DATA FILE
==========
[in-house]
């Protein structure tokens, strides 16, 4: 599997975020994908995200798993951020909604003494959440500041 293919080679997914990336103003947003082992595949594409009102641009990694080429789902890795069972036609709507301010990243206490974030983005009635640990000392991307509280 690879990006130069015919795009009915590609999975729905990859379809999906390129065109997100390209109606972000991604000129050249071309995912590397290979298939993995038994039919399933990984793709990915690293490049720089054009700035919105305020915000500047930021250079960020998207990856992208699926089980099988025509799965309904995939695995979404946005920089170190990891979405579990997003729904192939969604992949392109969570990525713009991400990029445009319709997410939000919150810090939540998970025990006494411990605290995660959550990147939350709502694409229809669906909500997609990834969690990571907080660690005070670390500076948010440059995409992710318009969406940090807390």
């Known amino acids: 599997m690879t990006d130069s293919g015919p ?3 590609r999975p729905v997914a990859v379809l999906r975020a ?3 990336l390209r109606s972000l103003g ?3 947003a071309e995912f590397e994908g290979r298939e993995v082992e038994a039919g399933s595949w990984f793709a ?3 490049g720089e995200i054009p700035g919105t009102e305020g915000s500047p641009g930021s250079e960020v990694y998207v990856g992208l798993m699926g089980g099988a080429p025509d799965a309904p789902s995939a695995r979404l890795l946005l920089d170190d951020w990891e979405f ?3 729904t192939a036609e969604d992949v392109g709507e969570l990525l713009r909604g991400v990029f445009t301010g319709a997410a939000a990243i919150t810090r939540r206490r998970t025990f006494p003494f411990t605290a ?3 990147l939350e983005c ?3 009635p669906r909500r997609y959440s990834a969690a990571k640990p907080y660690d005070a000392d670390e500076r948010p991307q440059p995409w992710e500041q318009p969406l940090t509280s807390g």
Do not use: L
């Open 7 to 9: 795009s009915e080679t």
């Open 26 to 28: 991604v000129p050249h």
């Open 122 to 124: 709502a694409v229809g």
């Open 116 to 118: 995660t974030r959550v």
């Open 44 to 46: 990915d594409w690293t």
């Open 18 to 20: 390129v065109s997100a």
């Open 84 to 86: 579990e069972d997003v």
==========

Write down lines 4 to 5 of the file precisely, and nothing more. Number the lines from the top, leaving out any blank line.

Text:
Do not use: L
């Open 7 to 9: 795009s009915e080679t």